Grassroots, not politics, stirs hopes in South Bronx

Three years ago this month, President Carter came to the South Bronx, perhaps America's worst urban slum, and stood in an area that looked more like Berlin after World War II than part of New York City. Dismayed by the rubble-filled lots and abandoned housing he saw around him, the new President jumped enthusiastically into the goal of redeveloping the South Bronx.

Soon after this visit devastated Charlotte Street, where Mr. Carter declared his commitment, is still to be shaken at the rubble and decay all around. Some 30 years ago, this was the heart of a solid midd-class commumitment, is still to be shaken at the rubble and decay all around. Some 30 years ago, this was the heart of a solid middle-class commumity of first and second-generation immigrants.

Despite this gloomy picture, signs of new life are appearing throughout the 20-square-mile South Bronx, mostly because of the concerted efforts of grass-roots community organizations and concerned residents.

Contrary to popular belief, White House officials told the Monitor, the Carter administration has funneled approximately $175 million in grants and another $25 million in loan guarantees to the South Bronx over the past three years -- in excess of what the area would have received had not Carter targeted it for special aid.

But federal aid for new and rehabilitated housing, job training, and -- to date -- 13 shrub- and flower-sprinkled miniparks does not mean that criticism of the Carter administration for not living up to its promises to revitalize the South Bronx has stopped. In terms of partisan politics, the critism is stronger than ever, with Republican Ronald Reagan coming down the hardest.

But what this federal aid, coupled with community and city efforts, has meant is a new confidence in the public and private sector that the area can be rebuilt, though definitely at a much slower rate than nearby everyone initially expected, judging from interviews wth a wide range of residents, community leaders, and government officials.

One gauge of this new sense of optimism and progress -- although much has to yet to surface in actual construction or active programs -- is the Ford Foundation's recent series of grants in the South Bronx amounting to almost $150 ,000.

"For many years, we stayed away from the South Bronx because we thought it was hopeless," says Richard Magat, a spokesman for the foundation in New York.

Now, however, the latest Ford Foundation grants as of Oct. include a modest $ 18,000 for the Banana Kelly Community Improvement Association (so named because of the shape of Kelly Street) for auditing and legal services, $50,000 for a summer sports program for 25 neighborhood-based youth organizations, and $25,000 for administrative suport for the Bronx Frontier Development Corporation (BFDC). This private nonprofit organization, committed solely to the revitalization of the South Bronx, has also got almost $2 million in federal aid over the past two years -- much of it used to transform 13 vacant lots into small parks.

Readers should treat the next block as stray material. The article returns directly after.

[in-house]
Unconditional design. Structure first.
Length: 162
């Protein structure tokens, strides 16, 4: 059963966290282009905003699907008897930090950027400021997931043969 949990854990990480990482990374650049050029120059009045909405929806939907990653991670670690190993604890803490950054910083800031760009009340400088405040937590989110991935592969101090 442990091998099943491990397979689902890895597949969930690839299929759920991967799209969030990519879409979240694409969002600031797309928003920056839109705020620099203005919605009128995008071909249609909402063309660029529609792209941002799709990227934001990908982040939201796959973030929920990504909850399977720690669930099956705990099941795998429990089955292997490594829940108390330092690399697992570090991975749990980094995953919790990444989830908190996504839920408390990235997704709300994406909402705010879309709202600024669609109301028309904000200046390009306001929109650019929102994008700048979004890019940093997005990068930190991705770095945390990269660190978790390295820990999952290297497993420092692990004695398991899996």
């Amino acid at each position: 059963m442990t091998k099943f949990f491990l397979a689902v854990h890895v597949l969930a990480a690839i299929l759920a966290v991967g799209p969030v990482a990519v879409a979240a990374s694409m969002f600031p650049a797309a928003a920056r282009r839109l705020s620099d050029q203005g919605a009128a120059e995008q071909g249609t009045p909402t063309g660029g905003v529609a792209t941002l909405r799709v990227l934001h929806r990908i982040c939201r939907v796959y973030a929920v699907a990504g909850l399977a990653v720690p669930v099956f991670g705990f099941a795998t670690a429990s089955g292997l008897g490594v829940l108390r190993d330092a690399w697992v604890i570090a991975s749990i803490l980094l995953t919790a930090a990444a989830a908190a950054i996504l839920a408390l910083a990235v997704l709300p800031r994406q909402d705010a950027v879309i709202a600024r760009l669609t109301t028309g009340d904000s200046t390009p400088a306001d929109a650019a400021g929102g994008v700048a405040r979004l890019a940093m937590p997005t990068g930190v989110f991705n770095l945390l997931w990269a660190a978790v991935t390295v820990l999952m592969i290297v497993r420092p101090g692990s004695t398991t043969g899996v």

"A lot more has to be done in the South Bronx, but we can already see an improvement in our environment," says Irma Fleck, a spokesman for the BFDC. "This is due not to our organization but to many others."

And, in fact, there are scores of organizations working in this direction, often aided in varying degrees by government grants and loans. Among them:

* The Banana Kelly Community Improvement Association. The association is helping 20 urban homesteaders rehabilitate three apartment houses. Faceless, abandoned buildings and vacant lots still lie to the south of the street, but to the north is a series of newly rehabilitated dwellings.

* Wildcat Inc., another grass-roots group. Two months ago it was awarded a $ 7 million federal grant to help train and provide jobs for about 1,000 welfare recipients over the next two years.

* The South Bronx Development Office (SBDO). Set up just 18 months ago, it is coordinating a joint federal-state-city development effort and has just received its second $1.5 million grant.

Edward J. Logue, SBDO director, says althogh we [the South Bronx] could use a lot more" money, "I don't think I've got a right to complain until we've emptied the pipeline of the [federal] money we have now."

Only about half of the $200 million the Carter administration has "committed" to the South Bronx in special aid has been spent, according to Virginia Strauss, a White House domestic policy expert.

Mr. Logue attibutes the slowness with which much of the federal money is being spent to two factors -- one favorable, the other unfavorable.

First, "We are rebuilding with people," he says with considerable satisfaction, referring to the fact that residents and community organizations in the blighted area are playing a direct role in SBDO's planning procesS, which was not the case three years ago when the city unsuccessfully tried to build a housing project in the South Bronx without the support of local residents. That project quickly failed.

Second, there sometimes seems to be a mire of time-consuming red tape to go through before projects can be launched. Logue is hoping, however, that within the next year the organization will have new legal authority to cut some of the tape -- such as the power that many government development agencies have to condemn parcels of real state.

But in the final analysis, he believes, no matter how much money is available , nor what government agencies do, it is the local residents who play the biggest part in revitalizing the South Bronx.

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